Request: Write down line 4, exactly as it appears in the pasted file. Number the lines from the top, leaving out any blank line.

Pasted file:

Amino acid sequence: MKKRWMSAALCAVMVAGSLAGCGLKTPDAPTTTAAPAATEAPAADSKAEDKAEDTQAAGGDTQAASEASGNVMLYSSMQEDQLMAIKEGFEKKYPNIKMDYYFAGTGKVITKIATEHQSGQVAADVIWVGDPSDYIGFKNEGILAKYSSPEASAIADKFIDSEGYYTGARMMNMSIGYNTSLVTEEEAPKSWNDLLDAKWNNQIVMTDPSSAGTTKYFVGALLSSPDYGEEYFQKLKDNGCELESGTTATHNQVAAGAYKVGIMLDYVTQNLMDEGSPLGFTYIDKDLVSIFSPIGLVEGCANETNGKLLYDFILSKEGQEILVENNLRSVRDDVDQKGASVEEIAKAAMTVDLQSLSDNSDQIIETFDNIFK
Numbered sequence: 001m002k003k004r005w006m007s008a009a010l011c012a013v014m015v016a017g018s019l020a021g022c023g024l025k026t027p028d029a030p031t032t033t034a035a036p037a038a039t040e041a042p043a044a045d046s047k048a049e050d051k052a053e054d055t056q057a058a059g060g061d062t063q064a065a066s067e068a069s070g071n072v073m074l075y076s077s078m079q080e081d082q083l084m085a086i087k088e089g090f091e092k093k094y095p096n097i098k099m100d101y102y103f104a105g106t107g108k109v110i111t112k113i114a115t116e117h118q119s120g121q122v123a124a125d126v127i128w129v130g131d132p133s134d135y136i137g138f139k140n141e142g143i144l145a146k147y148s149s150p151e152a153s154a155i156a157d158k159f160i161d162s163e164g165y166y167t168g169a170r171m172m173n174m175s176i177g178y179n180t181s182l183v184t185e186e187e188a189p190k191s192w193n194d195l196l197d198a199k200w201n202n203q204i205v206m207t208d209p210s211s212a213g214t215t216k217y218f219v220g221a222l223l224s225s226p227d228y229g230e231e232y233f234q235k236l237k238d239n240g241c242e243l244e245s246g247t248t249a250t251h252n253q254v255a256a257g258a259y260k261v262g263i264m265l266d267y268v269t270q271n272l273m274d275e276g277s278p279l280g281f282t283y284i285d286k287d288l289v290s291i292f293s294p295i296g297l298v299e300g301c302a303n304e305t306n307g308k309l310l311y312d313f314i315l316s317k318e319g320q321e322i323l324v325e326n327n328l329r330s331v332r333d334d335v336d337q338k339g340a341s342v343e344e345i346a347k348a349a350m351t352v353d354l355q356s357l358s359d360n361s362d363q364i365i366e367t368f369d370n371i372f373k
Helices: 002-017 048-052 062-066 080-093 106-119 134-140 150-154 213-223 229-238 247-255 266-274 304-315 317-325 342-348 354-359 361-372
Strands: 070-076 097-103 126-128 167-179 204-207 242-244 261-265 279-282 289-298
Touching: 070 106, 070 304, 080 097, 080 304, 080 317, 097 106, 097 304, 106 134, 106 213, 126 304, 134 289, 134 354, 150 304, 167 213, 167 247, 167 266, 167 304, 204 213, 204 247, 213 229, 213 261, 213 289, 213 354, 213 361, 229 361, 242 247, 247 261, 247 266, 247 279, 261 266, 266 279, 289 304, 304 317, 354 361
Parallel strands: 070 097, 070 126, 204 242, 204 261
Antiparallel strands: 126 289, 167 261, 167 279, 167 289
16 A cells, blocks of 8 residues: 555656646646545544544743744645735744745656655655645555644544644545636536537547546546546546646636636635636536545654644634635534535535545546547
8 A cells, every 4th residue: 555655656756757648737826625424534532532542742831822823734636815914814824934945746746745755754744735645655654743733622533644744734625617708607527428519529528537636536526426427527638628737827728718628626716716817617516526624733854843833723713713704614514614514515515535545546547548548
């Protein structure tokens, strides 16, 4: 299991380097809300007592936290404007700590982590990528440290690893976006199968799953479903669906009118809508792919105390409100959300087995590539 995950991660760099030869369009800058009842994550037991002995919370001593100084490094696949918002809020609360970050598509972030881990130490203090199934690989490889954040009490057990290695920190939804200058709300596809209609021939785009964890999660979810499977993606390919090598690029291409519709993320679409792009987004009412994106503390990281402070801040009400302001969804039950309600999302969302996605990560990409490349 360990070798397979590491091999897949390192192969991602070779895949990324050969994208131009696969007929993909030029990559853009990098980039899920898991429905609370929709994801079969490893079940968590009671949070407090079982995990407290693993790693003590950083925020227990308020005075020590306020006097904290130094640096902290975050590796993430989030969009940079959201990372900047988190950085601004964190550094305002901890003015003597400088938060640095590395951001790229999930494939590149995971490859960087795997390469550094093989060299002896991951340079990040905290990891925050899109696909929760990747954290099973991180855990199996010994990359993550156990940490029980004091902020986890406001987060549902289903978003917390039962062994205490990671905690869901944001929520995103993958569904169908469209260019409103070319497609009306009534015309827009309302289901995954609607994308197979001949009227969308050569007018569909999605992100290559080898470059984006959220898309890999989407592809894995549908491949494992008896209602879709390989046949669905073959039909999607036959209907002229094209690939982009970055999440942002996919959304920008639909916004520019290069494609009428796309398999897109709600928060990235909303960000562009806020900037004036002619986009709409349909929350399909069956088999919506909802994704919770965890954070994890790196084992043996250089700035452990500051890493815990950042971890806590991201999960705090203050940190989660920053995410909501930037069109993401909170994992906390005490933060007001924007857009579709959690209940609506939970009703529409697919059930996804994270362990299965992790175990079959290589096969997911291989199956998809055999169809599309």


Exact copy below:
Strands: 070-076 097-103 126-128 167-179 204-207 242-244 261-265 279-282 289-298